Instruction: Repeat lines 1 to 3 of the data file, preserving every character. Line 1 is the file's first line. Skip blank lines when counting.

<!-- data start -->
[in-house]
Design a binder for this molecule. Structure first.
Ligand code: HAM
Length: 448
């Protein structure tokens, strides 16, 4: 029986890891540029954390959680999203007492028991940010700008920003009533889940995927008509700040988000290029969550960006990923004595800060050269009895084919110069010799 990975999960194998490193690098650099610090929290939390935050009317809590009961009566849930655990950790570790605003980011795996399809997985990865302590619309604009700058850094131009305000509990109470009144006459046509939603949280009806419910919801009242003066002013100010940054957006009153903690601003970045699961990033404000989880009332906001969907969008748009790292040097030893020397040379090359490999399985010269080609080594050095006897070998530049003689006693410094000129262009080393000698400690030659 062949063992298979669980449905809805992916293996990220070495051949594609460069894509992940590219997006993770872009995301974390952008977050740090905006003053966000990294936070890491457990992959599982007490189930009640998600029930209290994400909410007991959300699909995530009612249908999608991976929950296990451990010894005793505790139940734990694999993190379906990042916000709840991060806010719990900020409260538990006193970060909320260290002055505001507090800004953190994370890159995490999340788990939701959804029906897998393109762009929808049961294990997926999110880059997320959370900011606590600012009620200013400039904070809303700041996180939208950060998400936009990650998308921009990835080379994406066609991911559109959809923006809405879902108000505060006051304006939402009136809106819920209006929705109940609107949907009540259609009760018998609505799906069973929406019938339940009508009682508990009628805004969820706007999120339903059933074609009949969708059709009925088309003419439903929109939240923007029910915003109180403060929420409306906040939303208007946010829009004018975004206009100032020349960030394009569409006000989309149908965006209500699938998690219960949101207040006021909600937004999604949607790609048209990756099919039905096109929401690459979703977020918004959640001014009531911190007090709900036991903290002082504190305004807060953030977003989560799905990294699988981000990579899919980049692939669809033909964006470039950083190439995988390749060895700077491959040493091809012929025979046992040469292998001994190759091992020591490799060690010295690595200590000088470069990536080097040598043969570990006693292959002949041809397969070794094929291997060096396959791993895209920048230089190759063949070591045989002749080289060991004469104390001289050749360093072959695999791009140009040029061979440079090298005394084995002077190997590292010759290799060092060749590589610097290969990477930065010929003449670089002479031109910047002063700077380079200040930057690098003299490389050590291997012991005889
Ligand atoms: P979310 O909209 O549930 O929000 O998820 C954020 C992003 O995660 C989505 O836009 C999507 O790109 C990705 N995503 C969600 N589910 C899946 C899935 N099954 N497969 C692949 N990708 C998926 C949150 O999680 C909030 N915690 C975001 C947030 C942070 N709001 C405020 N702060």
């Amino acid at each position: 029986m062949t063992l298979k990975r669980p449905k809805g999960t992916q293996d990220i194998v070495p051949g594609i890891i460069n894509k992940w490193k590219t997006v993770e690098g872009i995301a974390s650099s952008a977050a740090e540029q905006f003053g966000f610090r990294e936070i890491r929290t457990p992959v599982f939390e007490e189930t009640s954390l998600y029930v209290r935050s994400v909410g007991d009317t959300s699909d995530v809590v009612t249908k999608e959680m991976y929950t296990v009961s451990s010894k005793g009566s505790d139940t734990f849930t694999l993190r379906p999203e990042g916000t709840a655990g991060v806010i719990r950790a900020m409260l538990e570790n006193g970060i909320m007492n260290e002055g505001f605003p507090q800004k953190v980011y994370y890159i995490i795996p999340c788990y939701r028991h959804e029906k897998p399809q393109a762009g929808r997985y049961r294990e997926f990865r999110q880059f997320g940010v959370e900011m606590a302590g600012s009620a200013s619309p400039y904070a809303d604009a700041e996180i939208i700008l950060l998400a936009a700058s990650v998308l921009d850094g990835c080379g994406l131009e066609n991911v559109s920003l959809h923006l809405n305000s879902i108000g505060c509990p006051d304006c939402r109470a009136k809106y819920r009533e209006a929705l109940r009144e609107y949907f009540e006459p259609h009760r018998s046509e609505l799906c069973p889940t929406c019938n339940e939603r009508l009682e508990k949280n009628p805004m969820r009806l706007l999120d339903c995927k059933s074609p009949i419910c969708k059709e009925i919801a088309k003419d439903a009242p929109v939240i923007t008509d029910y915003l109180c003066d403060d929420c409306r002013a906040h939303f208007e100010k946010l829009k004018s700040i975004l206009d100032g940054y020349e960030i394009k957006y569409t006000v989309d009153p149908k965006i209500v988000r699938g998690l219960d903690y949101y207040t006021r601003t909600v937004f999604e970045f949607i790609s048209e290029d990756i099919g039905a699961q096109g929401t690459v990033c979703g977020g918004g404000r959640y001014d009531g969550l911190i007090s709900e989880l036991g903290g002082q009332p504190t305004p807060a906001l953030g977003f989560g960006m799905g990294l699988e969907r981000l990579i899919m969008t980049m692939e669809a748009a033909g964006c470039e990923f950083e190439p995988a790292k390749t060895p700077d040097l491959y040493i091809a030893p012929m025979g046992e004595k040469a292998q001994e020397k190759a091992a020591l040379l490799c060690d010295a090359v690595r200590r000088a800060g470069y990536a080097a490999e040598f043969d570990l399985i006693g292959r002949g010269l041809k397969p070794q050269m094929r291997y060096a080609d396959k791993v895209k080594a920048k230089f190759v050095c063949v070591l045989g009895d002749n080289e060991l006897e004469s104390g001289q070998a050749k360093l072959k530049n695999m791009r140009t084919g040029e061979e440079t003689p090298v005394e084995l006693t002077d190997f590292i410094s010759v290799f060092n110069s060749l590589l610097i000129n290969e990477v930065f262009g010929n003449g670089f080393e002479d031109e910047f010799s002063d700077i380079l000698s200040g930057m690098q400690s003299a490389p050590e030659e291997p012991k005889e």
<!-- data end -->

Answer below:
[in-house]
Design a binder for this molecule. Structure first.
Ligand code: HAM